For more detailed tips, please read more over at wikihow.

The Forgotten Danger of Periodontitis

We’re all too familiar with the frightening statistics that show how diseases and conditions such as heart disease and obesity are major health crises, at least in America. And when we think of the world’s health, diseases such as malaria or any number of disorders arising from nutritional deficiencies may enter the picture, too.

But did you know one of the most prevalent health conditions in the world has to do with oral health and hygiene? Yes, you read that right– severe periodontitis is ranked sixth, overall. In case you didn’t know, periodontitis is an inflammation of the periodontium. Bacteria infect not only the roots of the teeth, but surrounding gums as well, and cause symptoms such as severe bleeding and pus production. Eventually, this leads to a breakdown of the bone and tissue structures supporting the teeth.

A set of fine looking teeth

Practice good oral hygiene in order to prevent diseases like periodontitis.

The research, first published by the International and American Associations for Dental Research in a paper titled “Global Burden of Periodontitis: A Systematic Review and Meta-Regression”, reveals that about 743 million people suffer from this disease. In the populations that were surveyed, the incidence of the disease had a gradual increase with age, but between age 30 and 40, there was a sharp increase. By publishing this paper, the researchers hope to bring attention to severe periodontitis and the public health issue it causes. [Read more…]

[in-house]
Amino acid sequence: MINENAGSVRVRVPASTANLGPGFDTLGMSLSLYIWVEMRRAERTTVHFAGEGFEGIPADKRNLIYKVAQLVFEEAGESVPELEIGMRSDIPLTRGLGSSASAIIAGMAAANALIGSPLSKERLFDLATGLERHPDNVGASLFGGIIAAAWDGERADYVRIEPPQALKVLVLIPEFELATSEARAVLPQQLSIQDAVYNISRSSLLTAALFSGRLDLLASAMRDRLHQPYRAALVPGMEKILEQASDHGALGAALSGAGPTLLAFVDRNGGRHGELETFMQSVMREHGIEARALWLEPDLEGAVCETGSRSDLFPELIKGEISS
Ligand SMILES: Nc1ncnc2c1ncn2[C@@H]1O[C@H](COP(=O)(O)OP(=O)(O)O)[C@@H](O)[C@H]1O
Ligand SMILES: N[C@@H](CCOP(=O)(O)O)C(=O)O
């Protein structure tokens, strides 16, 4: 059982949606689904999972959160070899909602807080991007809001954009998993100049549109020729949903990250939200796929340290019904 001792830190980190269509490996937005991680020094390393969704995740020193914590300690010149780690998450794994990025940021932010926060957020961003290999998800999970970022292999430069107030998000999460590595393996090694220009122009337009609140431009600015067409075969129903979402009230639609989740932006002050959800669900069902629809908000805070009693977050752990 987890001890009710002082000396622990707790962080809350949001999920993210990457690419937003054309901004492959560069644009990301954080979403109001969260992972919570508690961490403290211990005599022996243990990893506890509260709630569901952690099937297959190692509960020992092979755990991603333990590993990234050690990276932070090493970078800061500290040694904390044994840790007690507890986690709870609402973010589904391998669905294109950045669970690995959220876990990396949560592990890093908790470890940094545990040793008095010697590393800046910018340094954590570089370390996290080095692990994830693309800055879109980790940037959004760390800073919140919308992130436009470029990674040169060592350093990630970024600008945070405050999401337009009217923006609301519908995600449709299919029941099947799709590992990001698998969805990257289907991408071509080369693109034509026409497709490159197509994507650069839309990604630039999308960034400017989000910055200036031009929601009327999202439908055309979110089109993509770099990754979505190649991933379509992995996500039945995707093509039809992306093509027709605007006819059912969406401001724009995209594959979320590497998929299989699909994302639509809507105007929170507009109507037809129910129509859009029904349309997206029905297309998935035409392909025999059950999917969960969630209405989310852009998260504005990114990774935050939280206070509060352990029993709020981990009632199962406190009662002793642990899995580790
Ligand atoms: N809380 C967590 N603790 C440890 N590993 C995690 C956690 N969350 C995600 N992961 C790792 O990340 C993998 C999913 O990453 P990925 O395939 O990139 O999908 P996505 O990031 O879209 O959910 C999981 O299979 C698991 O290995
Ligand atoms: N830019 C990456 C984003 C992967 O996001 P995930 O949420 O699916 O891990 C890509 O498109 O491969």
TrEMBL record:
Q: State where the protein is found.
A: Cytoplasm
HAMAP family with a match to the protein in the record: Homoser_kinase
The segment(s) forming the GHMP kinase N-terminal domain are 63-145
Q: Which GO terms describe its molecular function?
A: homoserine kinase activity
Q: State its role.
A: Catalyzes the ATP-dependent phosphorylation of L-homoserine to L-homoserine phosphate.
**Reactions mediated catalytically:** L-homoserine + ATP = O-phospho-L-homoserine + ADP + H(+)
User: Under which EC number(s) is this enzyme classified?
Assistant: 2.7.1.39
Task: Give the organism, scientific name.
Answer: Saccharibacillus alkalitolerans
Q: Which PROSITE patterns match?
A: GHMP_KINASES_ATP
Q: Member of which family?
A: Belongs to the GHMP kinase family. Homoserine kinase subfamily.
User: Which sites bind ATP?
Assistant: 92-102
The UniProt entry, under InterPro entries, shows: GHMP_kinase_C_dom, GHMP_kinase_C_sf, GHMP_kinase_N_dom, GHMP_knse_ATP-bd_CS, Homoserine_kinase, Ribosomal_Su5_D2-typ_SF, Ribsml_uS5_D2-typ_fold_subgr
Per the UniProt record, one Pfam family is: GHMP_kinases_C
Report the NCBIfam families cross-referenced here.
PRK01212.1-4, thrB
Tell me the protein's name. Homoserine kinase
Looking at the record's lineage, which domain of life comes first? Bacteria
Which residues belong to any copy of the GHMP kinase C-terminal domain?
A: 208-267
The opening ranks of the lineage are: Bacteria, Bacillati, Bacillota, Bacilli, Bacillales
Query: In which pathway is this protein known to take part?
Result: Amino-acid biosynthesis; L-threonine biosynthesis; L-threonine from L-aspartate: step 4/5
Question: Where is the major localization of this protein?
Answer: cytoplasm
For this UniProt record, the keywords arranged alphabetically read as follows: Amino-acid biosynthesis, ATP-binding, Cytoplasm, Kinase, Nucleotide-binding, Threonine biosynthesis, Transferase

High-Acidity Drinks Part of Triple Threat

It has long been an accepted fact that acidic beverages, such as soft drinks, fruit juices and sports drinks, have the power to do damage to the health of the consumer’s teeth.  This has always been particularly accepted in the case of children, who have actively developing dental health.  But there lies a huge misconception has arisen: if the child brushes their teeth immediately after drinking the acidity beverage, the damage can be reduced.  However, according to the work of dental researchers at the University of Adelaide published in the Journal of Dentistry and summarized in Science Daily, this theory has been proven to be incorrect.

Cola in a glass

The acidity in drinks such as these can cause damage as soon as they are consumed/

In their studies, the researchers were able to demonstrate lifelong damage done by acidity to the teeth within the first thirty seconds of consumption. This research, by the way, is groundbreaking in it’s own right; this has not been able to be modeled and studied previously.  The University’s Craniofacial Biology Research Group conducted the study, an organization that is part of the Centre for Orofacial Research and Learning.  Chelsea Mann, an Honors student with the University’s School of Dentistry, headed the research, with the help of Dr Sarbin Ranjitkar, who served as the corresponding author on the paper.  They found that the erosion caused by the consumption of drinks high in acid does lead to compromised dental health, to the point that complex and extensive rehabilitation may be required.

However, the acid found in drinks is not the only issue; it serves as one part of what the researchers termed as the triple threat to dental health for children.  The acid from drinks combined with many undiagnosed issues with reflux and a habit of grinding one’s teeth at night can create serious dental problems.  Fortunately, these concerns can be prevented to some extent.  If parents monitor the number of acidity drinks their child consumes, it can cut back on reflux issues that spur on further deterioration of enamel.

What’s Best Teeth Practice?

University College London recently engaged in research to uncover the best practices for brushing teeth.  However, their findings, which were published in the British Dental Journal and were recently summarized in an article by Science Daily, were troubling.  In their research, they looked at brushing advice from toothpaste and toothbrush companies, dental textbooks and information provided by dental associations in ten countries.  The team of researchers found a wide range of recommendations on methods on brushing, particularly in how often and how long to engage in the activity.